THE Department of Health is expected to launch new tuberculosis guidelines at the South African TB Conference, which began in Durban yesterday. To be released in at least three parts, the new guidelines incorporate the latest guidance from the World Health Organisation on the use of the country’s rapid TB GeneXpert test to diagnose TB outside the lungs as well as in children. Previously, the two-hour test had only been used to test samples of sputum, or mucus coughed up from the respiratory tract, to test for TB and multidrug-resistant TB (MDR-TB). Now, samples of lung lining as well as fluid extracted from the spine and, in the case of children, the stomach can also be tested using the machine, according to the Department of Health’s director for TB control, Dr Lindiwe Mvusi. The Department of Health has also created a separate, shorter guideline on treating TB in children, although the country continues to battle with a lack of paediatric formulations, Mvusi said. She said that since SA did not have the correct formulations, the department has had to provide clearer guidance on how to dose children. She added that the latest WHO recommendations showed South Africa might have been previously underdosing children with TB. The new guidelines also include renewed pushes for tracing close contacts of TB patients who may have also developed the disease, as well as regularly offered screening at clinics. The guidelines also feature new indicators to allow the country to better track how long patients screened with GeneXpert take to start treatment and how many of them are actually started on treatment. According to a Human Sciences Research Council (HSRC) study presented in Cape Town last week, the GeneXpert had dramatically cut the time it took to get MDR-TB patients on to treatment since it was introduced in 2011. However, researchers noted that patients still wait more than the national target of five days. Also, the microwave-sized machine had yet to increase the number of TB cases diagnosed annually compared to traditional TB testing, the HSRC said. New guidelines on the prevention of TB are also expected to be released at the conference. Isoniazid preventive therapy (IPT) uses one of the drugs used to treat TB to prevent people who do not have active TB from developing it. Although the Department of Health first introduced IPT as part of its guidelines as early as 2004, the uptake of IPT has been slow. This may be in part because it was usually included as part of HIV treatment guidelines, according to Dr Gavin Churchyard, chief executive of the Aurum Institute, which helped draft the new IPT guidelines. Acknowledging the raging epidemic of TB in South Africa’s mines, the new IPT guidelines include how to use IPT with gold miners who also have silicosis. They also make South Africa the second country in the world to adopt a three-year course of the drug to prevent active TB. Currently, a lack of long-term IPT clinical trials means that bodies like the WHO do not yet have data for how safe it is to use IPT for more than three years. Aurum is hoping to provide some of this data through future clinical trials.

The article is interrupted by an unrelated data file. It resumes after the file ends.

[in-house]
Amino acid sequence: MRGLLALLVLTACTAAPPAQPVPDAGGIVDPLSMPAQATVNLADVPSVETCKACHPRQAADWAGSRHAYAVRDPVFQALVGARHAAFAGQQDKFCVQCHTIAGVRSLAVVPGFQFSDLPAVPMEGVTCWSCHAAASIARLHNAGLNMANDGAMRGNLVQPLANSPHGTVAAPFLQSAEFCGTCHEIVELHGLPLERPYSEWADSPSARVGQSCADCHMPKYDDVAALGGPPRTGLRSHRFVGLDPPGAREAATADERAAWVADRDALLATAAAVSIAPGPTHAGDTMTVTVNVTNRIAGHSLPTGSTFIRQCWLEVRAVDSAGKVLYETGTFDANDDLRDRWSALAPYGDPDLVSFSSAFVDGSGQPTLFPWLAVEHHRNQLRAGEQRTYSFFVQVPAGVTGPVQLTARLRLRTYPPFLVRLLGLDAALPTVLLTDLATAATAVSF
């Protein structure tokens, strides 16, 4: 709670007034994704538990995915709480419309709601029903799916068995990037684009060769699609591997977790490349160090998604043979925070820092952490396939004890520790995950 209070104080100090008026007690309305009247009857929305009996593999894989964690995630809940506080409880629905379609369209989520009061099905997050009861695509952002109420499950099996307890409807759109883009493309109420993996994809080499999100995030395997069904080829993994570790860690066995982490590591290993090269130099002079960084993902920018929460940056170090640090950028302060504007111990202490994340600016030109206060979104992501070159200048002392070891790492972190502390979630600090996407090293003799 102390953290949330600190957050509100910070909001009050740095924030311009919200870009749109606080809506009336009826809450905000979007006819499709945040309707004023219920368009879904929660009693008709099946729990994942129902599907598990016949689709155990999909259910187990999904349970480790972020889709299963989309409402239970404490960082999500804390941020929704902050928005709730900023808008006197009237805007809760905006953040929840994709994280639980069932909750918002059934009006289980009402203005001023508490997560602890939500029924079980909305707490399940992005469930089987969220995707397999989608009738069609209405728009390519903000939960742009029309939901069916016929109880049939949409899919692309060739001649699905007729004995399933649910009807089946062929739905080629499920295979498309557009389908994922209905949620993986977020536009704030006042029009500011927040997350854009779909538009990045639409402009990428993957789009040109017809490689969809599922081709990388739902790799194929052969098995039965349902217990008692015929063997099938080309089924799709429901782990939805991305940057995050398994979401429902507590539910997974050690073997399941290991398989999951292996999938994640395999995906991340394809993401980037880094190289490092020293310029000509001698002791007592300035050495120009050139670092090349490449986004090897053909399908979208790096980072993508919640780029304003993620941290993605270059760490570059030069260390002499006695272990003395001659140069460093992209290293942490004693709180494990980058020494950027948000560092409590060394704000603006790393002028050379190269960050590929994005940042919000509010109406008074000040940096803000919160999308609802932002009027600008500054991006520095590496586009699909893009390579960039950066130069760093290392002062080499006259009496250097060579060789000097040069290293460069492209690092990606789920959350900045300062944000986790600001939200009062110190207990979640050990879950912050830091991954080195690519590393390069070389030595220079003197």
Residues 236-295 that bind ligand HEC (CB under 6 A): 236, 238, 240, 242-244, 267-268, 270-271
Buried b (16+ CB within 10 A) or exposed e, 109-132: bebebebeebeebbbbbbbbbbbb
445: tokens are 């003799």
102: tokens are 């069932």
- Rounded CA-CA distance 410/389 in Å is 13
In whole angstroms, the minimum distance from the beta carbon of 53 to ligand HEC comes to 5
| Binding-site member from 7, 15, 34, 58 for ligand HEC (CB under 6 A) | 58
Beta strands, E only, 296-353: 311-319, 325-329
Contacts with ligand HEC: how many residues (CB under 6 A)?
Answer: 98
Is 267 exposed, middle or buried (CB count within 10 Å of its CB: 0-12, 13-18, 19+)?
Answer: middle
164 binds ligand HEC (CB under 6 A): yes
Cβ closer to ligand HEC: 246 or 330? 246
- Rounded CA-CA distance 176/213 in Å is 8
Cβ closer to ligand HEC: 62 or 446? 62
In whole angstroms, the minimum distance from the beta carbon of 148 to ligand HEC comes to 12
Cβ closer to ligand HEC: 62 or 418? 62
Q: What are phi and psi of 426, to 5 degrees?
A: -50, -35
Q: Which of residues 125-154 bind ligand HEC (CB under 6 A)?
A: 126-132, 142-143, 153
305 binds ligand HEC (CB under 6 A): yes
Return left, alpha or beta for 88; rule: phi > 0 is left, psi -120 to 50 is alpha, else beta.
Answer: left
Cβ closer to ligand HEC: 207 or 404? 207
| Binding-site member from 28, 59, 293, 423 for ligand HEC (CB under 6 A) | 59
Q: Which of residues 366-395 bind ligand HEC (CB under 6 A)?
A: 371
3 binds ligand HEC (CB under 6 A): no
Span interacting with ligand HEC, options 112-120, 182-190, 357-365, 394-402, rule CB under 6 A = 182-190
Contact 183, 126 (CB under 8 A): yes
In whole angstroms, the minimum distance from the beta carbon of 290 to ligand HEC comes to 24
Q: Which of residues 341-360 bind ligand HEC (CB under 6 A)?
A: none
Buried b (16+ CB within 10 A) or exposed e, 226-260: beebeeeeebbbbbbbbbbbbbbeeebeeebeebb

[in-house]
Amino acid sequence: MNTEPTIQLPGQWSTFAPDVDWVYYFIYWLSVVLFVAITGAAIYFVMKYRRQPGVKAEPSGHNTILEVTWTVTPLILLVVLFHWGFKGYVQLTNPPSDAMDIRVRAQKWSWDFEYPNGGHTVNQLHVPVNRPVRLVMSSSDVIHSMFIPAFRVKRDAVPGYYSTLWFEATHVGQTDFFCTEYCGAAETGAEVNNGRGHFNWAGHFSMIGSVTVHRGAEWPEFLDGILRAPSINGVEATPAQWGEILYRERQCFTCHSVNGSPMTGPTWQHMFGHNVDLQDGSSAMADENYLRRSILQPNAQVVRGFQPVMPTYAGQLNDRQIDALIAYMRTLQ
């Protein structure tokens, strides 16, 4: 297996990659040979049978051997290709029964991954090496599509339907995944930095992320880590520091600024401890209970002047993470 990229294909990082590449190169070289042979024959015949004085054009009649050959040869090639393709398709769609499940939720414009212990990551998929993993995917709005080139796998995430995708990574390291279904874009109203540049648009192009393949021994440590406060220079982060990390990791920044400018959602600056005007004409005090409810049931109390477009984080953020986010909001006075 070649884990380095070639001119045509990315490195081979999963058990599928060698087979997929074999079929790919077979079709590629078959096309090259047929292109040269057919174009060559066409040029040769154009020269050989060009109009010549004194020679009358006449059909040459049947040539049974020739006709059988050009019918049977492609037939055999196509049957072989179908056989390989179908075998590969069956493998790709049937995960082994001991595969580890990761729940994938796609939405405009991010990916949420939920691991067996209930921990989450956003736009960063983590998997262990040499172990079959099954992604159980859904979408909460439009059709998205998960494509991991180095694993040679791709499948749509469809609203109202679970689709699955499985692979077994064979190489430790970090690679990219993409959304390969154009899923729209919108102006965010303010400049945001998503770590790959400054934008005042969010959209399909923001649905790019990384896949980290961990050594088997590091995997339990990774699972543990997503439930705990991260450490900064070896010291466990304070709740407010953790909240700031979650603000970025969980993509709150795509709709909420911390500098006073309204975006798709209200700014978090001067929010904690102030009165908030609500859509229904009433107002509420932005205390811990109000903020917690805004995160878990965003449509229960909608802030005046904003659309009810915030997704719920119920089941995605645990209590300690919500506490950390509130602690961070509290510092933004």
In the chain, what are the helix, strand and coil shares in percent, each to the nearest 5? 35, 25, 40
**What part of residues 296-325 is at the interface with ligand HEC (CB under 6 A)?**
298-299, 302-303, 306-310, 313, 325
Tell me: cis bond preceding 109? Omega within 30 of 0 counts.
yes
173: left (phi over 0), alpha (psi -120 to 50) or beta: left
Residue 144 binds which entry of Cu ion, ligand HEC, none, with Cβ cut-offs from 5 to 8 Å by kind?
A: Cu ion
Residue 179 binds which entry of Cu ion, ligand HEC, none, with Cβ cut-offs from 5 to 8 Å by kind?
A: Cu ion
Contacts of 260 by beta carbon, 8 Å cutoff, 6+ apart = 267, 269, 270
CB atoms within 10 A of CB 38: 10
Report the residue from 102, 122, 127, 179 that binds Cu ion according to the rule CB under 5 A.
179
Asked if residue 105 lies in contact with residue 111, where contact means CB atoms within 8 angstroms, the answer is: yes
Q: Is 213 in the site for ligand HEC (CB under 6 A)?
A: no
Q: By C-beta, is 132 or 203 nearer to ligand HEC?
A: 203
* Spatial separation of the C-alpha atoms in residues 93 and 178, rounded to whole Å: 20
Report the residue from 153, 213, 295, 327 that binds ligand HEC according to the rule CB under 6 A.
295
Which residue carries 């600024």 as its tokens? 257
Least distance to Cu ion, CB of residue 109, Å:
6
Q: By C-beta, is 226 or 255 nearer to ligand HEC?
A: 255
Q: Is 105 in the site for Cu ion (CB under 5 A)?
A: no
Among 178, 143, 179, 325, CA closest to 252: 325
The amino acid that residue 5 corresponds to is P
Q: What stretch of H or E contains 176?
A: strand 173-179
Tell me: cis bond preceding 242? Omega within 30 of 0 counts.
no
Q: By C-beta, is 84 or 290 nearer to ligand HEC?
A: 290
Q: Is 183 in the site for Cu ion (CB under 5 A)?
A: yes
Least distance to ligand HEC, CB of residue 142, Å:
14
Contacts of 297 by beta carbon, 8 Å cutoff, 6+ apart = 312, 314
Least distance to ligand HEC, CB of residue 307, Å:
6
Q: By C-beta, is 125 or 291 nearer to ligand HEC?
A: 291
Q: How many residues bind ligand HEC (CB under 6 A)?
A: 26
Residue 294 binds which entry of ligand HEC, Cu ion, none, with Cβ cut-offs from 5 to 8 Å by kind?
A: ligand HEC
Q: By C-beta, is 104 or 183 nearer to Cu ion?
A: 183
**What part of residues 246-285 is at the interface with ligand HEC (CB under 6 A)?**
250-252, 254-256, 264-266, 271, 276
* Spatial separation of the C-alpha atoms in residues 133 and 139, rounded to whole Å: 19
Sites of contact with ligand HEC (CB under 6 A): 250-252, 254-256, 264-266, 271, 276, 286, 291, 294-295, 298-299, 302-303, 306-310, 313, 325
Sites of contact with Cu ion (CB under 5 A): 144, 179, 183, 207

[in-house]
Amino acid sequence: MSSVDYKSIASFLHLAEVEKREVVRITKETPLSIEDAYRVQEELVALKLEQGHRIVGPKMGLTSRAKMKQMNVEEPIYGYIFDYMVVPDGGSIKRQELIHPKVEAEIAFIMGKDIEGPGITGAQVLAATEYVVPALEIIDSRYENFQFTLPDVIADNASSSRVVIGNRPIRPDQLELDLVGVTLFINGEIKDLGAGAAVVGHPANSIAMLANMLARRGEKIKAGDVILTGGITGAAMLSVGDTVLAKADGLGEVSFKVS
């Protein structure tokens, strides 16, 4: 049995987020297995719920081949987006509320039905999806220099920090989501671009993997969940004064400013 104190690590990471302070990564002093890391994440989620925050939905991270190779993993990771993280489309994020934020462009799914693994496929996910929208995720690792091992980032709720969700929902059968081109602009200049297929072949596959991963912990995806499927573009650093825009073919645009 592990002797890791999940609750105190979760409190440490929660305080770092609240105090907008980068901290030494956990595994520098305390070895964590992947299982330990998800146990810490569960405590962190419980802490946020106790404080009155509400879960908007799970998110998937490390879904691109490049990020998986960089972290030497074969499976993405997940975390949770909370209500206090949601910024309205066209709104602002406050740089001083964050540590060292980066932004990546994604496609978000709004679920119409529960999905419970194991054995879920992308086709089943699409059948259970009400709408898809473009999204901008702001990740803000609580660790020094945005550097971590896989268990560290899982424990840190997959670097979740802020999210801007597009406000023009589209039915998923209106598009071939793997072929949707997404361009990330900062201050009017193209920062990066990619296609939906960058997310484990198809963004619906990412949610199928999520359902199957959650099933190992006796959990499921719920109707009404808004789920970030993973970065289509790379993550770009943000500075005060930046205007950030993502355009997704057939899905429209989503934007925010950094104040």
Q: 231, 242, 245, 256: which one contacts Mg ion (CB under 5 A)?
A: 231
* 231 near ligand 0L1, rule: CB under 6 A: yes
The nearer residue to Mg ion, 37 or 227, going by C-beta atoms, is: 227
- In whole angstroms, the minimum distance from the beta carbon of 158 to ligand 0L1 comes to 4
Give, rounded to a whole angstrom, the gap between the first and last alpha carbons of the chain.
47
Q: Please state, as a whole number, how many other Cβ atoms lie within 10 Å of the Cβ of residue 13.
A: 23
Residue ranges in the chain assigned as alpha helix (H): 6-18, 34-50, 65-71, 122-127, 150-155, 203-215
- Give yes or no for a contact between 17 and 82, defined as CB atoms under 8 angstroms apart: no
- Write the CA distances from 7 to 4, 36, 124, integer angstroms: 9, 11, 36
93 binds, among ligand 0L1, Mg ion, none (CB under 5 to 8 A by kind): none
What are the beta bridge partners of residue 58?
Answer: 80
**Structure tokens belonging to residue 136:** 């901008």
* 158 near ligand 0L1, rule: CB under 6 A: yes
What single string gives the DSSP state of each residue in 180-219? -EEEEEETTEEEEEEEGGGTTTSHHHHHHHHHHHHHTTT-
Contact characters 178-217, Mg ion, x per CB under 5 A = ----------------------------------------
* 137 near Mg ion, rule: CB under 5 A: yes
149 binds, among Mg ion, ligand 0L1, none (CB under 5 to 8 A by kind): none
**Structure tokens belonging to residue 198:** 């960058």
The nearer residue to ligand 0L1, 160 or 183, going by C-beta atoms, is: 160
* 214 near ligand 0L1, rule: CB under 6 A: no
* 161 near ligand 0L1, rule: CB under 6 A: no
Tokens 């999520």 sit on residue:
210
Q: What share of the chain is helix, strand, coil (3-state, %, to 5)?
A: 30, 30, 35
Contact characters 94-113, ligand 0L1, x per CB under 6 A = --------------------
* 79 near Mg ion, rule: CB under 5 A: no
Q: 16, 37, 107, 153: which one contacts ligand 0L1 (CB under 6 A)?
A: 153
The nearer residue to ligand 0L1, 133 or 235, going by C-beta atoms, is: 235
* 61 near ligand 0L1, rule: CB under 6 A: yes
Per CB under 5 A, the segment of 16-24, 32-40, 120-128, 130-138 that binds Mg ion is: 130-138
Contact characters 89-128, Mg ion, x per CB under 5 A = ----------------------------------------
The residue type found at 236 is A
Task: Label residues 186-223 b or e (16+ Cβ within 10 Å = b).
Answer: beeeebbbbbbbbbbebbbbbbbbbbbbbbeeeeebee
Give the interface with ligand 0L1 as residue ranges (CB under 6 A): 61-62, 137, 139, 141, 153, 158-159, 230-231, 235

Laura Lopez Gonzalez: Health-e News Service, 10 June 2014